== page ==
The wood floors in the main Haig room, the piano room, as well as the hallway and entranceway have been sanded and refinished. The cherry-wood chairs used for special events have been repaired and refurbished. The terrazzo tile in the rotunda has been washed and waxed. The pantry area and the hallway chair storage rooms are being refreshed and reoganized to better support the many special events which take place throughout the year.
Throughout the academic and memorial buildings at the Academy is an outstanding collection of historic artwork and artifacts culled from the collection of the West Point Museum. The USMA Library currently houses wonderful examples of artwork and sculpture depicting famous graduates, distinguished professors and well-known battles fought throughout history. A recent addition to the artwork on view at the Library is a reproduction of View from West Point by Victor de Grailly circa 1840.1
While the work appears to be a typical landscape scene from the Hudson River School, it was actually created by a French landscape artist who never came to America. Victor de Grailly (1804 – 1889) specialized in painting American views that he copied from prints by a British engraver, William Henry Bartlett (1809 – 1854). Bartlett was an avid traveler. He spent his life visiting and illustrating a variety of locales throughout the world. His illustrations were then translated into engravings and published in travel books. This particular engraving first appeared in the book American Scenery; or, Land, Lake, and River Illustrations of Transatlantic Nature by Nathaniel P. Willis (1840).2 It was one of the most popular of such publications, and, most likely, the source for de Grailly’s painting. Willis’ poetic description of West Point in American Scenery gives his readers a vivid idea of the vibrancy of the landscape:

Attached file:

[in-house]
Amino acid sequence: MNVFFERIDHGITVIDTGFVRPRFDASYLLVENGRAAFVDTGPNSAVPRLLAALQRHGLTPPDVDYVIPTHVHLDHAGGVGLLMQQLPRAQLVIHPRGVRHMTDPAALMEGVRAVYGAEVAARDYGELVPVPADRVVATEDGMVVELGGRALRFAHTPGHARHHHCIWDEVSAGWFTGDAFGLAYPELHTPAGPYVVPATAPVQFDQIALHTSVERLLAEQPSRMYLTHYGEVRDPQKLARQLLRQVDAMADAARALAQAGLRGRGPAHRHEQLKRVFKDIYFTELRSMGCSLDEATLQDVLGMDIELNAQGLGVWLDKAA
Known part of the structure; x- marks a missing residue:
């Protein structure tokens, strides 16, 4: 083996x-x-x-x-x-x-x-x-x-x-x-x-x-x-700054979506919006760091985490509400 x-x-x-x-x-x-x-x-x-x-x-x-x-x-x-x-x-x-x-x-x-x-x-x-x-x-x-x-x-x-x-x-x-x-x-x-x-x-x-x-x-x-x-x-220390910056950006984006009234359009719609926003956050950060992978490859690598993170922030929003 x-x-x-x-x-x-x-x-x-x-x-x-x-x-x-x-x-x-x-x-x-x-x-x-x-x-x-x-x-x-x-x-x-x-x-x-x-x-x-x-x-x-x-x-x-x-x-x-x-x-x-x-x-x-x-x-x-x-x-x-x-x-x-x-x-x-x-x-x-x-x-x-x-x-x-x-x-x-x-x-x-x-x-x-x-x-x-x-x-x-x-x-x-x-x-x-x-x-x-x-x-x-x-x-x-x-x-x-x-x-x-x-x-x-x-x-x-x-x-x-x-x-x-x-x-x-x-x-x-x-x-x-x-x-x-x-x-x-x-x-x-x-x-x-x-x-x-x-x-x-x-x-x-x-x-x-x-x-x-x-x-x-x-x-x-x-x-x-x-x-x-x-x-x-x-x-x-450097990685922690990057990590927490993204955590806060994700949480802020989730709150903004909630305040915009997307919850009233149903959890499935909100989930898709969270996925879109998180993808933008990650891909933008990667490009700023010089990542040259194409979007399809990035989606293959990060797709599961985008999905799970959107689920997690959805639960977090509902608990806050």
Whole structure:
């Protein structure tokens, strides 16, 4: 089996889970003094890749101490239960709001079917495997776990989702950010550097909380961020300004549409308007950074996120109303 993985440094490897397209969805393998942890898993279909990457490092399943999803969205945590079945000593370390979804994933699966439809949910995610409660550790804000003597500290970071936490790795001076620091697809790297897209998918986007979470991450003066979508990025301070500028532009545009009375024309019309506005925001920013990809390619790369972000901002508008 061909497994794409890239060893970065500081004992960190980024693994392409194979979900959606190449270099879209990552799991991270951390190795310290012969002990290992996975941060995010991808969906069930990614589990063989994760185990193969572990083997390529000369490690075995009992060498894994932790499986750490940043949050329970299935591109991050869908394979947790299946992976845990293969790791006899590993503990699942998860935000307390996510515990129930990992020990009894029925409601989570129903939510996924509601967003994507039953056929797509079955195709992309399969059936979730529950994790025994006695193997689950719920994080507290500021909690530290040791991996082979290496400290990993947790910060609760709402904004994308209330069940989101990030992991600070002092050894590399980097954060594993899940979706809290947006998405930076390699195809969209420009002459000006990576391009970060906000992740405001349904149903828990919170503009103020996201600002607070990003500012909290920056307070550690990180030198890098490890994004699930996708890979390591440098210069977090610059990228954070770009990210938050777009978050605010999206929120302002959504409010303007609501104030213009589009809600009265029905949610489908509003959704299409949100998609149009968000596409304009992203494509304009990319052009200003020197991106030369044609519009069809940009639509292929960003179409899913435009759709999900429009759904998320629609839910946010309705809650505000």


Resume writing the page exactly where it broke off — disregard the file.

Of the river scenery of America, the Hudson, at West Point, is doubtless the boldest and most beautiful. This powerful river writhes through the highlands in abrupt curves, reminding one, when the tide runs strongly down, of Laocoon in the enlacing folds of the serpent. The different spurs of mountain ranges which meet here, abut upon the river in bold precipices from five to fifteen hundred feet from the water’s edge; the foliage hangs to them, from the base to summit, with the tenacity and bright verdure of moss; and the stream below, deprived of the slant lights which brighten its depths elsewhere, flows on with a somber and dark green shadow in its bosom, as if frowning at the narrow gorge into which its broad-breasted waters are driven.3
This description would have certainly helped Victor de Grailly as the engravings in the book were only printed in black and white. The colors in the painting are de Grailly’s interpretation of what he believed the West Point landscape might have looked like.